One of those 19 boards was the Cairo Claims Commission. By direction of President Lincoln, Secretary of War Edwin M. Stanton appointed a commission to examine and report upon all unsettled claims against the War Department at Cairo, Illinois, that originated before April 1, 1862, due to allegations of fraud and corruption in the Quartermaster Department there. Stephen B. Logan, Charles A. Dana, and George S. Boutwell were first appointed, but Shelby M. Cullom soon replaced Mr. Logan, who resigned due to ill health. The commission examined 1,696 claims totaling $599,219.36, and approved and certified for payment $451,105.80. Most of the claims rejected were for losses suffered in active operations of the army, either from misconduct soldiers or from requisitions made by officers who failed to give receipts and certificates to the claimants, who thus had insufficient evidence to support their claims. Some claims were rejected due to proof of disloyalty by the claimant. Claims by owners of vacant lots and by the Cairo city trustees for use of city land were disallowed. A small percentage of the claims were rejected due to fraud. Charles A. Dana discusses the Commission in his biography, Recollections of the Civil War: With the Leaders at Washington and in the Field in the Sixties (New York and London: D. Appleton and Company, 1913), pp. 11-14.
The Proceedings of the Claims Board Meeting at Cairo, Illinois, are online. Following the meeting minutes, they include a roughly alphabetical list of claimants that gives the voucher number, date, name of claimant, name of officer who had approved the expense, type of article or claim, amount of claim proffered, and the amount allowed by the claims board.
In conclusion…. As always, finding records in the National Archives about an ancestor requires that person to have had some kind of interaction with the Federal Government. Claims against the government are one possibility, but it will take time and effort by the researcher to locate that information.
If you haven’t tried a surname search in the National Archives Catalog in awhile, it’s time to try it again. Additional information about records, as well as actual digital images of records, are added frequently.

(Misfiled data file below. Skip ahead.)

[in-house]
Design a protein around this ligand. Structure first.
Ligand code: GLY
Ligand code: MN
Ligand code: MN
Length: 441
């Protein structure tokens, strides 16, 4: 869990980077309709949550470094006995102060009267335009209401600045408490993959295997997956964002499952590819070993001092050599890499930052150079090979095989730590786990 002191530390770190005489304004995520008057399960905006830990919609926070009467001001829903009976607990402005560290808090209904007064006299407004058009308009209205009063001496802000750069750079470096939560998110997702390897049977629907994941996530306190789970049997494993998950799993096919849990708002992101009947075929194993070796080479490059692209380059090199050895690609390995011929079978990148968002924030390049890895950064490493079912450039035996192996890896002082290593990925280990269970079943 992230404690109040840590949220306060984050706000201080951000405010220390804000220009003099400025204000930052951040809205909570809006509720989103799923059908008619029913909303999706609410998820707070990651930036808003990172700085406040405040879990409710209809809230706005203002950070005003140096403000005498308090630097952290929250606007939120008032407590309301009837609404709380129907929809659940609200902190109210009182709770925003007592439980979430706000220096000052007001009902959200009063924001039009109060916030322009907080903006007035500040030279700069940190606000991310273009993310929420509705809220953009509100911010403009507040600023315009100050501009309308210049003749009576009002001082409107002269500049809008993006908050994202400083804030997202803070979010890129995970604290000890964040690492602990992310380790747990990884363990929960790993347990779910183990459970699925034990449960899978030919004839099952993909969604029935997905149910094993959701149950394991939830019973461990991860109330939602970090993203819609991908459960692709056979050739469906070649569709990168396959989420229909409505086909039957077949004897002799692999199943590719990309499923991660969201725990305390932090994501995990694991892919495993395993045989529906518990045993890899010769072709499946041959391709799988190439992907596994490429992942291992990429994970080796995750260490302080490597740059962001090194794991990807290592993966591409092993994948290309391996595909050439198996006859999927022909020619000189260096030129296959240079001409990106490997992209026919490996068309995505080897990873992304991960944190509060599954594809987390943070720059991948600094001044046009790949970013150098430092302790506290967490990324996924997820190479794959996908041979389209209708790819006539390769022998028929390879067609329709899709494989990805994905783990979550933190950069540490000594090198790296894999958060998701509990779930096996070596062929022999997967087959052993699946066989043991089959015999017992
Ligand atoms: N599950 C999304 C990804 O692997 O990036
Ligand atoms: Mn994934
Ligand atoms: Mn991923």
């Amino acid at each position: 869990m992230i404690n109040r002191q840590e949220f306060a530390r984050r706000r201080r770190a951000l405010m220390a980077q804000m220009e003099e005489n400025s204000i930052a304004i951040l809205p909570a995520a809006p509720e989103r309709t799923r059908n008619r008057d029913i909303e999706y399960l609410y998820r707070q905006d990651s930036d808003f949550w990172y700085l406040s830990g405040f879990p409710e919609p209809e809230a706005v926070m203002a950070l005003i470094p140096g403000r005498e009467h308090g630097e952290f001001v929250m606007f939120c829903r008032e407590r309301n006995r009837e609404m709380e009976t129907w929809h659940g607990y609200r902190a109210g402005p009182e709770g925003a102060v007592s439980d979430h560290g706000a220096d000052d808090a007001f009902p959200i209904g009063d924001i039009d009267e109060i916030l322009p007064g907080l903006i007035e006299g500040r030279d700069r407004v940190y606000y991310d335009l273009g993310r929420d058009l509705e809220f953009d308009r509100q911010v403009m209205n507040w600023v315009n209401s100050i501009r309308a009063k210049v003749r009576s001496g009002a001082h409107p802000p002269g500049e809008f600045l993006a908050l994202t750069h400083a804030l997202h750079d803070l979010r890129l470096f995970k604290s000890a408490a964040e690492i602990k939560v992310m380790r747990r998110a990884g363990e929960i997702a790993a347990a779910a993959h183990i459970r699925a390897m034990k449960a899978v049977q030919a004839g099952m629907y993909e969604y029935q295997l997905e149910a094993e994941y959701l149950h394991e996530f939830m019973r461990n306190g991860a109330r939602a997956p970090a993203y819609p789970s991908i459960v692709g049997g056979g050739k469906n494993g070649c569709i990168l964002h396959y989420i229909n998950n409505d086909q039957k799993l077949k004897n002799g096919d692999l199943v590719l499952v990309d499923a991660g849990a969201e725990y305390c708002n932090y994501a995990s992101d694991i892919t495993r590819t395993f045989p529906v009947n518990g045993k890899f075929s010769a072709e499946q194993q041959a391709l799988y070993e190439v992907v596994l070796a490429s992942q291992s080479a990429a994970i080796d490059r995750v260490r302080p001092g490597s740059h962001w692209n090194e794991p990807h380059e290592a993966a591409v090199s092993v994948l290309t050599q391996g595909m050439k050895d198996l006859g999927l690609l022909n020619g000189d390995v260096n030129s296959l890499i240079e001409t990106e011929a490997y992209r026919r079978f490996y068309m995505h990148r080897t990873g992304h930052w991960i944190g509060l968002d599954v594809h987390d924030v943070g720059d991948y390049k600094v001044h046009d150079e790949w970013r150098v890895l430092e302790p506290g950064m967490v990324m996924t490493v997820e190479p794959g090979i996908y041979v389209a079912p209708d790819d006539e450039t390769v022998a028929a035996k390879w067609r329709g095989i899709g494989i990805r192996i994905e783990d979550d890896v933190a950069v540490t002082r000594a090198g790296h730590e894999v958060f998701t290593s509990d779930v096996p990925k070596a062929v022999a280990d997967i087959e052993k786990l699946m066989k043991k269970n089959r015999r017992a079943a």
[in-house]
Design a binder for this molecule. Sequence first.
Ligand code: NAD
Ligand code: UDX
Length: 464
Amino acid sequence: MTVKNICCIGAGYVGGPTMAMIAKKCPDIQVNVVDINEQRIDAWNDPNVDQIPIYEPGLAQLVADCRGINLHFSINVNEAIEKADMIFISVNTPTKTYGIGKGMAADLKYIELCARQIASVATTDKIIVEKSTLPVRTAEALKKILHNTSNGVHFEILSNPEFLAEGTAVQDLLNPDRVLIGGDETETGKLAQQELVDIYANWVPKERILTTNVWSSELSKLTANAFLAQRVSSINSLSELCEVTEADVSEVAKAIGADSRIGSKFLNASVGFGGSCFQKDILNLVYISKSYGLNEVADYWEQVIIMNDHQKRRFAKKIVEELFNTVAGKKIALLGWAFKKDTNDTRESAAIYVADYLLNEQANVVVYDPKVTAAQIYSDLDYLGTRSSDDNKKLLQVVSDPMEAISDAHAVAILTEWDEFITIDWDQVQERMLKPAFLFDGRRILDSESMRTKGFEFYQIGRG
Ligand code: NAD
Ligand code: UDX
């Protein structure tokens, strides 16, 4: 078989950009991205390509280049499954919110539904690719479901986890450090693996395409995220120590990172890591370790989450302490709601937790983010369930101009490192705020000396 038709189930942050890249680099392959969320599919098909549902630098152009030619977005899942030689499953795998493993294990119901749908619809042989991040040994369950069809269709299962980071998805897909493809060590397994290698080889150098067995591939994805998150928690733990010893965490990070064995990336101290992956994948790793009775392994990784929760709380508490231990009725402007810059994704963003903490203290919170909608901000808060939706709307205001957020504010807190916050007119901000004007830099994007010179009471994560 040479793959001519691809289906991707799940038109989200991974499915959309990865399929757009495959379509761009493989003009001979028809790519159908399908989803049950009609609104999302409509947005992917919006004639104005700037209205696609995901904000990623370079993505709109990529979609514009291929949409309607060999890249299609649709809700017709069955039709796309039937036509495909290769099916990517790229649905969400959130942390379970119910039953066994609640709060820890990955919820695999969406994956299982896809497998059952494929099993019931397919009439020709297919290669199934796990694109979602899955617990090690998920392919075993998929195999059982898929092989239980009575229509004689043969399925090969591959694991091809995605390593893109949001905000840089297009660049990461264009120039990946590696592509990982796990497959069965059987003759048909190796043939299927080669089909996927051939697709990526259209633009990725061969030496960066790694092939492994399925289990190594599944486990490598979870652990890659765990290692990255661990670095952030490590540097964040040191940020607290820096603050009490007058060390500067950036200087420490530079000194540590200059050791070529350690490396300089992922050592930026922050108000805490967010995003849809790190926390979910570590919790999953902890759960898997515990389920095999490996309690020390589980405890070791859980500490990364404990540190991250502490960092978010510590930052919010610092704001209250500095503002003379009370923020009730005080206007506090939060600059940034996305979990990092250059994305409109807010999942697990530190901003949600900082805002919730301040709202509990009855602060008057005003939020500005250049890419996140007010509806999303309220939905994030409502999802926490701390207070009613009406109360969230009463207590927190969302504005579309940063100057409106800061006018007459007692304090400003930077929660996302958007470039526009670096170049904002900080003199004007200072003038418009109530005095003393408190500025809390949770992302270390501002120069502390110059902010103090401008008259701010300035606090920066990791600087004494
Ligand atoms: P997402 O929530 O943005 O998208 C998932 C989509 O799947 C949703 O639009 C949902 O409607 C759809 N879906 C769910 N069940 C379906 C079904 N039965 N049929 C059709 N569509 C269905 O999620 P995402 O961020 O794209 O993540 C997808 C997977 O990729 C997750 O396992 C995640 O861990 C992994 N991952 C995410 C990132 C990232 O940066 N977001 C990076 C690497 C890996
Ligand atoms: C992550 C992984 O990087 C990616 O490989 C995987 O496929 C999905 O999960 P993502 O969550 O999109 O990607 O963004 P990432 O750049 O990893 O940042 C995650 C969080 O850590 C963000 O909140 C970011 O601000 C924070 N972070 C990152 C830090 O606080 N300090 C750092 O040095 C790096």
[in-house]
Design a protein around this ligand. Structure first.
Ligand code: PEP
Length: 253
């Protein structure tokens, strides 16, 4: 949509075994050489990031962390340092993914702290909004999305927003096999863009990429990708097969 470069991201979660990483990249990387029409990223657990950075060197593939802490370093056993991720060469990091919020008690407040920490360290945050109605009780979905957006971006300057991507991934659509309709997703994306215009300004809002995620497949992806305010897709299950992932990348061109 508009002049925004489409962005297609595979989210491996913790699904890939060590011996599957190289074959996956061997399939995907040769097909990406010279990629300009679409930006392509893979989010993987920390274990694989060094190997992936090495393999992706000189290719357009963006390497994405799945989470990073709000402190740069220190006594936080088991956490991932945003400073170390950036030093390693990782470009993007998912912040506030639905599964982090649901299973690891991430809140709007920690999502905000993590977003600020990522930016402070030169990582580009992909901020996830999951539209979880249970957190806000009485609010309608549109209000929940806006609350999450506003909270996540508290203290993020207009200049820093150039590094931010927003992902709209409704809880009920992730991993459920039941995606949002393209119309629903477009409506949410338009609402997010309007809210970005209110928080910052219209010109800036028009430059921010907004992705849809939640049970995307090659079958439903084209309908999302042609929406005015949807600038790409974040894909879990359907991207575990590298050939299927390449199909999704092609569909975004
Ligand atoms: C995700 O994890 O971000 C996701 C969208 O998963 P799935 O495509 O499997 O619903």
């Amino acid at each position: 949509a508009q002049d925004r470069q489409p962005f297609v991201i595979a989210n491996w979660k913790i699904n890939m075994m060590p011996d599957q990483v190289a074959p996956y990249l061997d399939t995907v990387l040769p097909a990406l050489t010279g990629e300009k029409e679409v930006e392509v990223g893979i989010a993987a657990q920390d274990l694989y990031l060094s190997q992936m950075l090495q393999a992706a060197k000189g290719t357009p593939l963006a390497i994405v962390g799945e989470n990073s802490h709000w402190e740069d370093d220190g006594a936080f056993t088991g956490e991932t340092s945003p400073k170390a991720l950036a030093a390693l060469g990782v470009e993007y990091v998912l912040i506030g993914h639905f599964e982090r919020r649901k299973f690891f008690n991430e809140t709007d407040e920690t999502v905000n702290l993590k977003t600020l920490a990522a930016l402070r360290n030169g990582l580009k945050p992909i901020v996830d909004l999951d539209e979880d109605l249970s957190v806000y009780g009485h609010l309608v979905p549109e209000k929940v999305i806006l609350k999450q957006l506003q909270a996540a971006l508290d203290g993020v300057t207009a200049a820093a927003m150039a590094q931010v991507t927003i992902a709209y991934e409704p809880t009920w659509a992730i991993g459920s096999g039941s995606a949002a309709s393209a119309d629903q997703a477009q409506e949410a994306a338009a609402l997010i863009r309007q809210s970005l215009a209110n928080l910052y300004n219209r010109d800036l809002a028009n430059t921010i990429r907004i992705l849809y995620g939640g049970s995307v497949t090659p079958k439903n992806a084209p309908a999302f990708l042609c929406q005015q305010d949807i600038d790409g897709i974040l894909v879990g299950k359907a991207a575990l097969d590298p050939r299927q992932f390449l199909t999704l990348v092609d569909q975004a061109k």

A search for the surname “Twigg” provides good examples of what’s been added thus far. In no particular order, there are references to persons named Twigg for which there are–
- Alien Case Files
- Personnel Files
- Cherokee Indian Records
- Compiled Military Service Records–Civil War (Union)
- Compiled Military Service Records–Civil War (Confederate)
- Correspondence (Letters Sent or Received)
- Seaman’s Protection Certificates
- Draft Registration (World War II)
- Compiled Military Service Records (Spanish-American War)
- Official Military Personnel Files
- Mentions in a roster of hospital matrons at U.S. Army posts
- Mentions in summaries of World War II casualties
- Mentions in applications for inclusion of properties on the National Register of Historic Places
- Mentions in various other records
Certainly, this is only the tip of the iceberg.
Obviously, when the surname is included in the file or item description, it’s easier to determine potential relevance, than when it’s necessary to ferret out the name by searching a PDF or other multipage items. Nonetheless, it is a free resource available to anyone with an internet connection. It will continue to grow in usefulness in the years to come.
Give it a try. What might you find?